Broad Street inn, once home to Edward Rutledge, sold

The Governor's Inn at 117 Broad Street in downtown Charleston has been purchased for $5.1 million.

If the days continue to pass as quickly as they have, I'll be joining 200 other genealogists for an institute in Birmingham, Ala., before I know it.

My excitement mounts as I assemble books and materials needed for the Institute of Genealogy and Historical Research at Samford University.

This will be my second year at the weeklong institute, a summer destination for driven genealogists since 1962. Most genealogists studying at Samford this June have attended the institute before, many of them several times.

And most of the institute's faculty members have national reputations in the field.

It's a fertile environment.

In 2009, I took the "Advanced Methodology and Evidence Analysis" class. In future years, I'll probably choose "Advanced Library Research: Law Libraries & Government Documents" or "Research in the South" or "U.S. Military Records."

This year, however, it's "Writing and Publishing for Genealogists."

The opportunity to sit in class with genealogists who have thought seriously about their writing will be a real gift. As the genealogy columnist here at The Post and Courier, I am looking forward to extended discussions with other researchers. I'm curious about their thoughts on genealogical writing. And I want to get their feedback on some of my thoughts.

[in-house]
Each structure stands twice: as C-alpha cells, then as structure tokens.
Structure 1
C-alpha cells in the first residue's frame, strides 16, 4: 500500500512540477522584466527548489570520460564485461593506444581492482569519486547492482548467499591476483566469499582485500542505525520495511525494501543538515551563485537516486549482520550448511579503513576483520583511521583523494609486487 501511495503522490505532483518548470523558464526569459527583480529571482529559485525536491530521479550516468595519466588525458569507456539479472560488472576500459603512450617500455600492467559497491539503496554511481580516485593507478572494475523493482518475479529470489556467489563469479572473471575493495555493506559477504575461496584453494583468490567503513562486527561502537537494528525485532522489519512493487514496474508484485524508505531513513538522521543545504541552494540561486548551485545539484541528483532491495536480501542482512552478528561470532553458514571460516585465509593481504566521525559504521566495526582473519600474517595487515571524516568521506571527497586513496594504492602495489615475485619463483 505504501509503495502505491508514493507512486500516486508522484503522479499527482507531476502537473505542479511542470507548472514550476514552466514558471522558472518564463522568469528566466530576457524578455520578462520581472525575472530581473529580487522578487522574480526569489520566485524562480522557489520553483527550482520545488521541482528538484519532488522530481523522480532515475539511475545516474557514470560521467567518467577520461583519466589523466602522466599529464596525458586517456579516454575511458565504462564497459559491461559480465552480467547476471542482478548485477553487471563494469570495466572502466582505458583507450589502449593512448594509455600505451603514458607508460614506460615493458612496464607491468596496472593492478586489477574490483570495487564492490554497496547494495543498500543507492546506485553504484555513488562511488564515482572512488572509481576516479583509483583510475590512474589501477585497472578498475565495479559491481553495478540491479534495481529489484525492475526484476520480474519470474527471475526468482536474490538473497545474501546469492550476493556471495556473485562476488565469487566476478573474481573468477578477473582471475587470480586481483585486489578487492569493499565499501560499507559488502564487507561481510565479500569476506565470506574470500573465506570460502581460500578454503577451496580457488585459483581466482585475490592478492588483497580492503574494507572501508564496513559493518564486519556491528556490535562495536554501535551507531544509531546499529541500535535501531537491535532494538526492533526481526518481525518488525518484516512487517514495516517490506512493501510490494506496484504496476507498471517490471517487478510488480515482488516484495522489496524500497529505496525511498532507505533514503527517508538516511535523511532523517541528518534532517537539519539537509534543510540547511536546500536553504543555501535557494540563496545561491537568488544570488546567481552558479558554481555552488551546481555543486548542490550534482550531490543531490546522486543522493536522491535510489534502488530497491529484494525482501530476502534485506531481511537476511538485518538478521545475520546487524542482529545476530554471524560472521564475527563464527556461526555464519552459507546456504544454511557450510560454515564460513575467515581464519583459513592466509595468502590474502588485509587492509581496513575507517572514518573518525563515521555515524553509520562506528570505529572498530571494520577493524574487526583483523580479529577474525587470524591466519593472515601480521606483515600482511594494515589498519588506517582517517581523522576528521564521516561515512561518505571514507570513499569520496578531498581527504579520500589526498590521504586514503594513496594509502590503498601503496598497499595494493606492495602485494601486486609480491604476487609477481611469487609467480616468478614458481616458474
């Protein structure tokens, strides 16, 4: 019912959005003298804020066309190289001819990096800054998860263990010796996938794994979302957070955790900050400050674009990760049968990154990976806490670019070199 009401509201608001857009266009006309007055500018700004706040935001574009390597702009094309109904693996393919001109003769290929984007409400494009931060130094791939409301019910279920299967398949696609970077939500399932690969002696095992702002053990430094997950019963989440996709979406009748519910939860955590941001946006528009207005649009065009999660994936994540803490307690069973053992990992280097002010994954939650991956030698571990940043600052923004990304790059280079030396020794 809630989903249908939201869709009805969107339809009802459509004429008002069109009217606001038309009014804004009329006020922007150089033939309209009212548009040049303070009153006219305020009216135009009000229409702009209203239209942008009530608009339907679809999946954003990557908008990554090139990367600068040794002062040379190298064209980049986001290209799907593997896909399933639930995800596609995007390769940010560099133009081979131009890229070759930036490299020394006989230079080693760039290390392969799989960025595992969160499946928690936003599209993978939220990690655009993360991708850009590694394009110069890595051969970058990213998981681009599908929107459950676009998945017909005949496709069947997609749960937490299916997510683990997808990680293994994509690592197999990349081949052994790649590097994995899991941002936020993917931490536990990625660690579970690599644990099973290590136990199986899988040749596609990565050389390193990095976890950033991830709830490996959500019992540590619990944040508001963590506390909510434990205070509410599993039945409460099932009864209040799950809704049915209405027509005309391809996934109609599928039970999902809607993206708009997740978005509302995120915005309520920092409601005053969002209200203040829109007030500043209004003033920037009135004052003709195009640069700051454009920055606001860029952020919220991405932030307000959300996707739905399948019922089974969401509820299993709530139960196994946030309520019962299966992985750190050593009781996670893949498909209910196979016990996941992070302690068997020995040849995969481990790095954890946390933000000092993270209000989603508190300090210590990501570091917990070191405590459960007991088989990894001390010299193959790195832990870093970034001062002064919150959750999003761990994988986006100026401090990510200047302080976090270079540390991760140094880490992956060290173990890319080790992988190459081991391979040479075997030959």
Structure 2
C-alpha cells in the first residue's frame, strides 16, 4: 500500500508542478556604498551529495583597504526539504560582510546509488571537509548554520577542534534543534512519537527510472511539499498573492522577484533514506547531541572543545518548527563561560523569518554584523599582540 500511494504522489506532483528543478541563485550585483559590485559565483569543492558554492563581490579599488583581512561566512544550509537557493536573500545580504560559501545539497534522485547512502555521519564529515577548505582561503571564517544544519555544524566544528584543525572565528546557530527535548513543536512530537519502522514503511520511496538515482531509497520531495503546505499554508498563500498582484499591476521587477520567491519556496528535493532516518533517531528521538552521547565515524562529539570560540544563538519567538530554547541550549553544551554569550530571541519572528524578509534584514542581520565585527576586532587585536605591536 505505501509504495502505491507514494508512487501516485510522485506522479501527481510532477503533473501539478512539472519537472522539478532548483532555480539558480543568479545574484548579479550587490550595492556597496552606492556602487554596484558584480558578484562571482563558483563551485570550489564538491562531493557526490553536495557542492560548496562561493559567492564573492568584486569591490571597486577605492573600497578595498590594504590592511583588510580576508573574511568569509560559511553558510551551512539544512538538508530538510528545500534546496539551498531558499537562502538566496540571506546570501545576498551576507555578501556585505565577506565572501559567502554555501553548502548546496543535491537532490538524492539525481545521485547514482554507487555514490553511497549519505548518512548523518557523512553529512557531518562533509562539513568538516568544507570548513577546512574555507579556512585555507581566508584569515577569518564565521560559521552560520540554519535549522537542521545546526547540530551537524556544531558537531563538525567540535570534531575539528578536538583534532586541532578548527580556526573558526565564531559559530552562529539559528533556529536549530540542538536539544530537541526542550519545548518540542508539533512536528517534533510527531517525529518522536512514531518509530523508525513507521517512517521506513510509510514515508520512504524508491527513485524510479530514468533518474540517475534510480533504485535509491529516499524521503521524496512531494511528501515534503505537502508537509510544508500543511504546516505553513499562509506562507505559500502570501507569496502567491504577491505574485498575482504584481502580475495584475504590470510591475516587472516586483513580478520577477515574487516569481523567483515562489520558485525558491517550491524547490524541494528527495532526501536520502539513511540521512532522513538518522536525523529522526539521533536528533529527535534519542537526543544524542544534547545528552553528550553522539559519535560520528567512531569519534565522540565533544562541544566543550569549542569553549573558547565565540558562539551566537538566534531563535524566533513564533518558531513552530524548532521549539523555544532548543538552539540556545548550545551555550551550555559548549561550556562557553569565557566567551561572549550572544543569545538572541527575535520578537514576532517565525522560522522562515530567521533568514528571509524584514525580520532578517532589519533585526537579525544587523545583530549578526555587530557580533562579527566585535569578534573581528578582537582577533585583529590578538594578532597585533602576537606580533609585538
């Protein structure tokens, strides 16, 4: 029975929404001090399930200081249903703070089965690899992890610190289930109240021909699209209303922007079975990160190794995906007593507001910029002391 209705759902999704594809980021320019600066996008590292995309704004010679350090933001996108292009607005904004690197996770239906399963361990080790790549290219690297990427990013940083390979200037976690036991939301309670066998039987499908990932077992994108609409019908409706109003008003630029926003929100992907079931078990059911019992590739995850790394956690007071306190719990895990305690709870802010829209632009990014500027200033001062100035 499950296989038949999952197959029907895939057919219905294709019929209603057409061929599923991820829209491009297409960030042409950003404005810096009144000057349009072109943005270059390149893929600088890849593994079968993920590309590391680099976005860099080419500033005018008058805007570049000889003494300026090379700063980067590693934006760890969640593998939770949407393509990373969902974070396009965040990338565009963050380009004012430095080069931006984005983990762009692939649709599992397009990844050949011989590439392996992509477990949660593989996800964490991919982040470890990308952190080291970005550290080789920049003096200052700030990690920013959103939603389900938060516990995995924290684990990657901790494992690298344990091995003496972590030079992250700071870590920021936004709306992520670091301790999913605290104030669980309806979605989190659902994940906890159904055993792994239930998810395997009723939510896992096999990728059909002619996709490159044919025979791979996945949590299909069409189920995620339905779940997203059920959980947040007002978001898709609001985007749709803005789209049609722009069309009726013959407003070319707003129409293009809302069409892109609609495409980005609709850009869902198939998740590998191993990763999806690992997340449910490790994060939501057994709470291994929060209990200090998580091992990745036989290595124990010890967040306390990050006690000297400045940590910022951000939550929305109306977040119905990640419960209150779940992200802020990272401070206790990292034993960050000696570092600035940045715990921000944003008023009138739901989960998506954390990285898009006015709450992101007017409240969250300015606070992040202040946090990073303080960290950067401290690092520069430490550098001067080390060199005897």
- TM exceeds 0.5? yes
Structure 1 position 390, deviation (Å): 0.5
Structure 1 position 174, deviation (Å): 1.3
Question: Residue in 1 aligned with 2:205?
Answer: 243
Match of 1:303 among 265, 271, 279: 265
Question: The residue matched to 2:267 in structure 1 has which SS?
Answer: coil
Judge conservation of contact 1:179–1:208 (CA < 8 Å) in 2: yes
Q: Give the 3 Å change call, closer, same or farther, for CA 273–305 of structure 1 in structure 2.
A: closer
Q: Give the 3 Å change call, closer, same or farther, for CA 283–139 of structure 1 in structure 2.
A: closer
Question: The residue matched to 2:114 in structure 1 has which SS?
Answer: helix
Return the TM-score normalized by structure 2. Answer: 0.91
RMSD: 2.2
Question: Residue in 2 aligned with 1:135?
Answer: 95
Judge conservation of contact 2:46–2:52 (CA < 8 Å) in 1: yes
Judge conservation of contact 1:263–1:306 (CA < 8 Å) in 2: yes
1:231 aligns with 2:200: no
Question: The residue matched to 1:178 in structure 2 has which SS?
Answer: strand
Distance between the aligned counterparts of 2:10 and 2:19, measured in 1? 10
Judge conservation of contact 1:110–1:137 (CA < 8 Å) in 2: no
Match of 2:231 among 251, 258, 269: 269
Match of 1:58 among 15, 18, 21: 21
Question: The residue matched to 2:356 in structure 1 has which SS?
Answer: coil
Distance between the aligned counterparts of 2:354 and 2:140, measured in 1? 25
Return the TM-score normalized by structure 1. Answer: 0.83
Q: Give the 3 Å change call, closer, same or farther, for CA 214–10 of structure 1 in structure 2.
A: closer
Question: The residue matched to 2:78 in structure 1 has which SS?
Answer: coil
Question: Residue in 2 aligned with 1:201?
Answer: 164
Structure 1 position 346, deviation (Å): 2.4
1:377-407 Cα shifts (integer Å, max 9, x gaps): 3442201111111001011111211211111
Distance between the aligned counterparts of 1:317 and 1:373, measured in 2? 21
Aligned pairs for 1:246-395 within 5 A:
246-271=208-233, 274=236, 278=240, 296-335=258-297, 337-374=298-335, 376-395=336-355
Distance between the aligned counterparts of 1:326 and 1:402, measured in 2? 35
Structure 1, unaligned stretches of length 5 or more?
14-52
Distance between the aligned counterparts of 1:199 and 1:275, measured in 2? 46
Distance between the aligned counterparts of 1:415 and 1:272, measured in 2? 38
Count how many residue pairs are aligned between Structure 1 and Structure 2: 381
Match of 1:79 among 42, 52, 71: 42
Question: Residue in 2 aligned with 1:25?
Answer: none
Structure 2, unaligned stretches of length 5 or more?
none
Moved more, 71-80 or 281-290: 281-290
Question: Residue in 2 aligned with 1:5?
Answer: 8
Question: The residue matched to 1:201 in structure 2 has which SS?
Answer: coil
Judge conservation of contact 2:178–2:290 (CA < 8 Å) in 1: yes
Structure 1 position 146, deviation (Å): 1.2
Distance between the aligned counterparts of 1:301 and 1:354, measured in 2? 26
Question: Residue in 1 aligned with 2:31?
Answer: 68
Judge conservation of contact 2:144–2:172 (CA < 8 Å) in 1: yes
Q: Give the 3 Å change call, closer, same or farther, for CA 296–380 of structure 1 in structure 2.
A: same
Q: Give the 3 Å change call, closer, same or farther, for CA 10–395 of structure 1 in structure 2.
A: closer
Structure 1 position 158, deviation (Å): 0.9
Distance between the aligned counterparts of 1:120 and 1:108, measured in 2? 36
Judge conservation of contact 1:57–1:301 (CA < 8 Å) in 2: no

Of course, most of our discussions will be driven by the 18 or so genealogical writing topics we are set to cover in class. Ones that look particularly interesting are "Organizing Your Ancestors in Genealogical Format," "Snares and Pitfalls of Writing a Narrative Family History," "Analytical Writing: Client Reports, Proof Summaries, and Other 'Unpublished' Works."

Sharing experiences with colleagues is essential to continued growth in a field and keeping abreast of new issues as they arise.

There is no better place to share such experiences than an environment such as that at Samford, the Salt Lake Institute of Genealogy or the National Institute on Genealogical Research.

Too often we view genealogy as a solitary avocation to be shared with a few genealogy buddies, but there is a big genealogy community out there. I wholeheartedly advocate taking advantage of the opportunities insti-tutes afford to learn and grow.

Reach Wevonneda Minis at 937-5705 or